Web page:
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RAG is an acronym for Red, Amber, Green and is a form of report where measurable information is classified by colour. For each colour there is some pre-determined action. This usually constitutes escalation to a higher level of management.
For example, if milestones are being tracked and the latest schedule indicates a milestone is within ±2 weeks of the baseline plan, then it may be considered green. If it is between ±2 and ±4 weeks of the baseline plan it is amber and if it is more than ±4 weeks from baseline then it is red.
In creating RAG reports there are three aspects that need to be decided (and usually set out in a control management plan):
- What will be monitored?
- What action should be taken in each case?
- What are the thresholds for green, amber and red?
What will be monitored?
Any quantity may be tracked in this way. The art is to select key indicators that are appropriate to the context of the work. For example, a milestone schedule is applicable to any degree of complexity of work but something based on the schedule performance index (SPI) from earned value management would only be appropriate to more complex projects with sophisticated reporting mechanisms.
What action should be taken in each case?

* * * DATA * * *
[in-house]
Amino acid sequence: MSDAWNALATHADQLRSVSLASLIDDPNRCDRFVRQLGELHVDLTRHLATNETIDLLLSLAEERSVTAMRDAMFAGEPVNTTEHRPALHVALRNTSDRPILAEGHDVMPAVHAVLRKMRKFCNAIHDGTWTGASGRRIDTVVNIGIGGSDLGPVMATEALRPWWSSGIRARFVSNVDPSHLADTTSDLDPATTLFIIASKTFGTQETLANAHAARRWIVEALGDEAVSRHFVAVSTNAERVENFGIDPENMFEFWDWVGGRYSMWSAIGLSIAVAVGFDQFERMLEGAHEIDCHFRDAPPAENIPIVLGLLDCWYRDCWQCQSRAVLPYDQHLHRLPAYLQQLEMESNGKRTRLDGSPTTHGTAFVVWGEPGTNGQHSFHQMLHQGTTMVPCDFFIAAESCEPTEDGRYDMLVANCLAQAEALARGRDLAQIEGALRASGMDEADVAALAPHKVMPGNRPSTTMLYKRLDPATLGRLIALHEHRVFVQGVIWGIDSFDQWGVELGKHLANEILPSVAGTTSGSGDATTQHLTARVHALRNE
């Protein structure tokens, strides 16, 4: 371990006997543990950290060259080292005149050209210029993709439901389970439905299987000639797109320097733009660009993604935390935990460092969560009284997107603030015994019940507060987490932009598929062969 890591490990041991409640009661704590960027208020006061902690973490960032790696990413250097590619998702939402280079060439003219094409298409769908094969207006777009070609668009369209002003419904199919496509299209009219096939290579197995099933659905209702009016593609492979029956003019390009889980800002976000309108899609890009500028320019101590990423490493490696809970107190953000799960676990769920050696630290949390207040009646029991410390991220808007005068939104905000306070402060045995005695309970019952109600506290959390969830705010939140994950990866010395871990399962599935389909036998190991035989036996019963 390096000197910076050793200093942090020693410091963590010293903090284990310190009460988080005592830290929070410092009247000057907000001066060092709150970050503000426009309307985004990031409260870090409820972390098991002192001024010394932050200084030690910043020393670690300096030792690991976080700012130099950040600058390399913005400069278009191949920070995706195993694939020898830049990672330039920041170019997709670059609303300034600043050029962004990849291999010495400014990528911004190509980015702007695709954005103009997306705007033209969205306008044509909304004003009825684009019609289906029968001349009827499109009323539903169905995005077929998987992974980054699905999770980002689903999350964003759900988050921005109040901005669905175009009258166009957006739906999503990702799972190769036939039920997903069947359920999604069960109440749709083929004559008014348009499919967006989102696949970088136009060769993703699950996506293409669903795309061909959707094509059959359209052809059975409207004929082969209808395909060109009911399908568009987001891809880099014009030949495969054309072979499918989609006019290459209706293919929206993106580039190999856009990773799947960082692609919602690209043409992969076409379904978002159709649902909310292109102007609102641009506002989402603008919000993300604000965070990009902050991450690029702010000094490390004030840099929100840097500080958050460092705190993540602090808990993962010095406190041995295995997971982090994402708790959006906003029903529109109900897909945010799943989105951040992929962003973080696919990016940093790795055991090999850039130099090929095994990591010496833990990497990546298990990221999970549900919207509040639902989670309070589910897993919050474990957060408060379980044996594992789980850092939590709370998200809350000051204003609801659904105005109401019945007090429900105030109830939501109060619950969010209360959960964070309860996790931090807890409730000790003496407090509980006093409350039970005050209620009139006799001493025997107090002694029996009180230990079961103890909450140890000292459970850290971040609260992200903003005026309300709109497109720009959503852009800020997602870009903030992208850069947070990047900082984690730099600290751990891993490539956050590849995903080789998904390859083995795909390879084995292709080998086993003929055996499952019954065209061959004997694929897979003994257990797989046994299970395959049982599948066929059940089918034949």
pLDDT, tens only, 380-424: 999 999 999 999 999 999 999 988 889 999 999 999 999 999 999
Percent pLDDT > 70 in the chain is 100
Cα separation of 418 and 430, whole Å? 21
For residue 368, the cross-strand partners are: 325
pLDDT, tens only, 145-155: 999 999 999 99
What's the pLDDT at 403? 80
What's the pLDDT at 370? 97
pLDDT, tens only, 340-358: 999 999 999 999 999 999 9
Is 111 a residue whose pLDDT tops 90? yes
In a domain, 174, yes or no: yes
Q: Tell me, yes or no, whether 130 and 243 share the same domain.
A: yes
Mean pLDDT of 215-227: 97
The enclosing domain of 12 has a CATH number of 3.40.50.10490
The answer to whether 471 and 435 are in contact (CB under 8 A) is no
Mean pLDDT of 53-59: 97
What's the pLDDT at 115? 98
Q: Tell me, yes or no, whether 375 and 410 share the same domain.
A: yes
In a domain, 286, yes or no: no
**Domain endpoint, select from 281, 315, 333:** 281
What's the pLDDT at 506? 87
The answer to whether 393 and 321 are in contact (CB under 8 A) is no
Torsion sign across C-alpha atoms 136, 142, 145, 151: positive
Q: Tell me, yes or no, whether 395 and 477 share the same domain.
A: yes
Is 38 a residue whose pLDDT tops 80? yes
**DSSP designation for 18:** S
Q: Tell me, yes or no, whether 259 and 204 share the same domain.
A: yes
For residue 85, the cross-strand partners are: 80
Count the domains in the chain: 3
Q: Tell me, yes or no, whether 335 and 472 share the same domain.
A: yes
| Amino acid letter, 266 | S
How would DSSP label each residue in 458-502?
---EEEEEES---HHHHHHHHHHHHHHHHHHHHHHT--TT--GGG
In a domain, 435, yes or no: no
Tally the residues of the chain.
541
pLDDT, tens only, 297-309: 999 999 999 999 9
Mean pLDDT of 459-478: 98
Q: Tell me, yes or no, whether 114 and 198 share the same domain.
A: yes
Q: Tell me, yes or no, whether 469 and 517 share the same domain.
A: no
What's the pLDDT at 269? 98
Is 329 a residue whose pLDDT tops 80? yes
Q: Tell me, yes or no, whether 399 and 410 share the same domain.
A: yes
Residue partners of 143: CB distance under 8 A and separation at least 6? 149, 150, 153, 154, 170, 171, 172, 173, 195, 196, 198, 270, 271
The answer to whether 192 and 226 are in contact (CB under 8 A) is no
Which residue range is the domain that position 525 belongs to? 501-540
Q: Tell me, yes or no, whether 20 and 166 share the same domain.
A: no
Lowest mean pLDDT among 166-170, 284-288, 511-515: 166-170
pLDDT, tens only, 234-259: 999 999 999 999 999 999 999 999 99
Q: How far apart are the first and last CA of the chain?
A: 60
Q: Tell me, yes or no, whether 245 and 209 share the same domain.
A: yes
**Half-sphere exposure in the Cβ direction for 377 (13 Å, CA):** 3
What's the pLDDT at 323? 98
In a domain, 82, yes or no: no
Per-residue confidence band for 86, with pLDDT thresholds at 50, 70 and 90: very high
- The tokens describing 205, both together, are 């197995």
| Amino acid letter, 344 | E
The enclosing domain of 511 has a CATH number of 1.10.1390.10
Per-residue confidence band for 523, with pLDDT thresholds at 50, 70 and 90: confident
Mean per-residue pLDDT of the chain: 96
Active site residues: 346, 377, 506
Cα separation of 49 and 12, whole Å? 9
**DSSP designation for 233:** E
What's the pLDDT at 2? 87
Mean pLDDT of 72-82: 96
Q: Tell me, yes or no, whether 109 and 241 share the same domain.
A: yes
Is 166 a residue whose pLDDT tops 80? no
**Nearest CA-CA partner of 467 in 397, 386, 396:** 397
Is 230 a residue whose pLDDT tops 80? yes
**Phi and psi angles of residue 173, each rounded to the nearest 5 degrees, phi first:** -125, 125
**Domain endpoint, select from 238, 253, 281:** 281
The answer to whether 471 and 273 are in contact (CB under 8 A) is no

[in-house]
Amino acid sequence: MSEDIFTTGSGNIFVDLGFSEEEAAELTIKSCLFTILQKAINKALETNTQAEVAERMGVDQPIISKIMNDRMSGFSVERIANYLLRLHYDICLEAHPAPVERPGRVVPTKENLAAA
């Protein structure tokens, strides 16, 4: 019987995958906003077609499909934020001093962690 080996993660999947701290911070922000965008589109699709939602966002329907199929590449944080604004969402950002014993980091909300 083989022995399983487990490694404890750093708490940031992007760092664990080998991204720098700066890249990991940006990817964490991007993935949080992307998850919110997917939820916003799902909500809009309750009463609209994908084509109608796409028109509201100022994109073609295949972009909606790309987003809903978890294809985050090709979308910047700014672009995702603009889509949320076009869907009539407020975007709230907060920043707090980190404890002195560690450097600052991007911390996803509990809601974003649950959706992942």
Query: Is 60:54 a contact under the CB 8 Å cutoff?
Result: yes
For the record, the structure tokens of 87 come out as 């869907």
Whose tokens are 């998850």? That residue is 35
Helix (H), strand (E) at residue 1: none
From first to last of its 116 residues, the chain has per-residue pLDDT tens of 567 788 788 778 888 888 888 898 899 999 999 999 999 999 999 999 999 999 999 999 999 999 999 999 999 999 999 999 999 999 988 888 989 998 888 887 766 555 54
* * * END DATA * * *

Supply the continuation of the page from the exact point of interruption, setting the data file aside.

The control management plan may set out guidelines such as:
Green: the project is on target and no escalation is required by the management team
Amber (moving towards red): the project is deviating from target and the management team should notify the sponsor at the next opportunity.
Amber (moving towards green): the project is returning to target and the management team should notify the sponsor in the next progress report.
Red: The sponsor should be notified immediately with recommendations for corrective action.
These guidelines should be seen as indicative and must be supplemented with the expert interpretation of each individual situation by the management team. This approach may also be used as part of the probability/impact assessment of risk events.
What are the thresholds for green, amber and red?
These will be set according to numerous possible factors, including the:
- sensitivity of the key indicator being monitored;
- relative experience and expertise of the P3 manager;
- the importance of the project or programme to the business.
Upper and lower thresholds do not have to be equally spaced from the baseline. Typically the threshold for progress that is behind or below target will be tighter than the threshold for progress that is ahead or above target.